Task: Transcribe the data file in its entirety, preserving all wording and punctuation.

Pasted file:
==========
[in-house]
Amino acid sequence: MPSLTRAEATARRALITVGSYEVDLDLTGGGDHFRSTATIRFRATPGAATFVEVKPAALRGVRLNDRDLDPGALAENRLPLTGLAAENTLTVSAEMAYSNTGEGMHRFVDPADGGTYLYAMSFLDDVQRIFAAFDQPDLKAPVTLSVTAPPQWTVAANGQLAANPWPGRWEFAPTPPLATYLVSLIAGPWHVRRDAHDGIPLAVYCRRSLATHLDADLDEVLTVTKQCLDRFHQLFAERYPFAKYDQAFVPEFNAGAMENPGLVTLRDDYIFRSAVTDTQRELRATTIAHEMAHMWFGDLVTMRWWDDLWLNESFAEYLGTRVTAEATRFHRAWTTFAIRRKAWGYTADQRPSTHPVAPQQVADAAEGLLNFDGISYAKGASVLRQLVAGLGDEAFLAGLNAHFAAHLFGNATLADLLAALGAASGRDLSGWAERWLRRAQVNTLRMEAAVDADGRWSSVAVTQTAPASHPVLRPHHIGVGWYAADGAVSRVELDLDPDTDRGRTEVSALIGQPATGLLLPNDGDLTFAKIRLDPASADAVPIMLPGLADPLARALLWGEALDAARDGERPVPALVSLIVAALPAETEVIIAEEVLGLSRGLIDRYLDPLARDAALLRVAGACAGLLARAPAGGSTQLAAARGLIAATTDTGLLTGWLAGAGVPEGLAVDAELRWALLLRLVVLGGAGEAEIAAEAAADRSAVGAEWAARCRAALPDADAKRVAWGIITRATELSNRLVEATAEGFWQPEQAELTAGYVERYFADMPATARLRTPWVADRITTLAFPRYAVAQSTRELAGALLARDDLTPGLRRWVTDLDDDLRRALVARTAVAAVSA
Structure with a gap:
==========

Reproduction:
[in-house]
Amino acid sequence: MPSLTRAEATARRALITVGSYEVDLDLTGGGDHFRSTATIRFRATPGAATFVEVKPAALRGVRLNDRDLDPGALAENRLPLTGLAAENTLTVSAEMAYSNTGEGMHRFVDPADGGTYLYAMSFLDDVQRIFAAFDQPDLKAPVTLSVTAPPQWTVAANGQLAANPWPGRWEFAPTPPLATYLVSLIAGPWHVRRDAHDGIPLAVYCRRSLATHLDADLDEVLTVTKQCLDRFHQLFAERYPFAKYDQAFVPEFNAGAMENPGLVTLRDDYIFRSAVTDTQRELRATTIAHEMAHMWFGDLVTMRWWDDLWLNESFAEYLGTRVTAEATRFHRAWTTFAIRRKAWGYTADQRPSTHPVAPQQVADAAEGLLNFDGISYAKGASVLRQLVAGLGDEAFLAGLNAHFAAHLFGNATLADLLAALGAASGRDLSGWAERWLRRAQVNTLRMEAAVDADGRWSSVAVTQTAPASHPVLRPHHIGVGWYAADGAVSRVELDLDPDTDRGRTEVSALIGQPATGLLLPNDGDLTFAKIRLDPASADAVPIMLPGLADPLARALLWGEALDAARDGERPVPALVSLIVAALPAETEVIIAEEVLGLSRGLIDRYLDPLARDAALLRVAGACAGLLARAPAGGSTQLAAARGLIAATTDTGLLTGWLAGAGVPEGLAVDAELRWALLLRLVVLGGAGEAEIAAEAAADRSAVGAEWAARCRAALPDADAKRVAWGIITRATELSNRLVEATAEGFWQPEQAELTAGYVERYFADMPATARLRTPWVADRITTLAFPRYAVAQSTRELAGALLARDDLTPGLRRWVTDLDDDLRRALVARTAVAAVSA
Structure with a gap: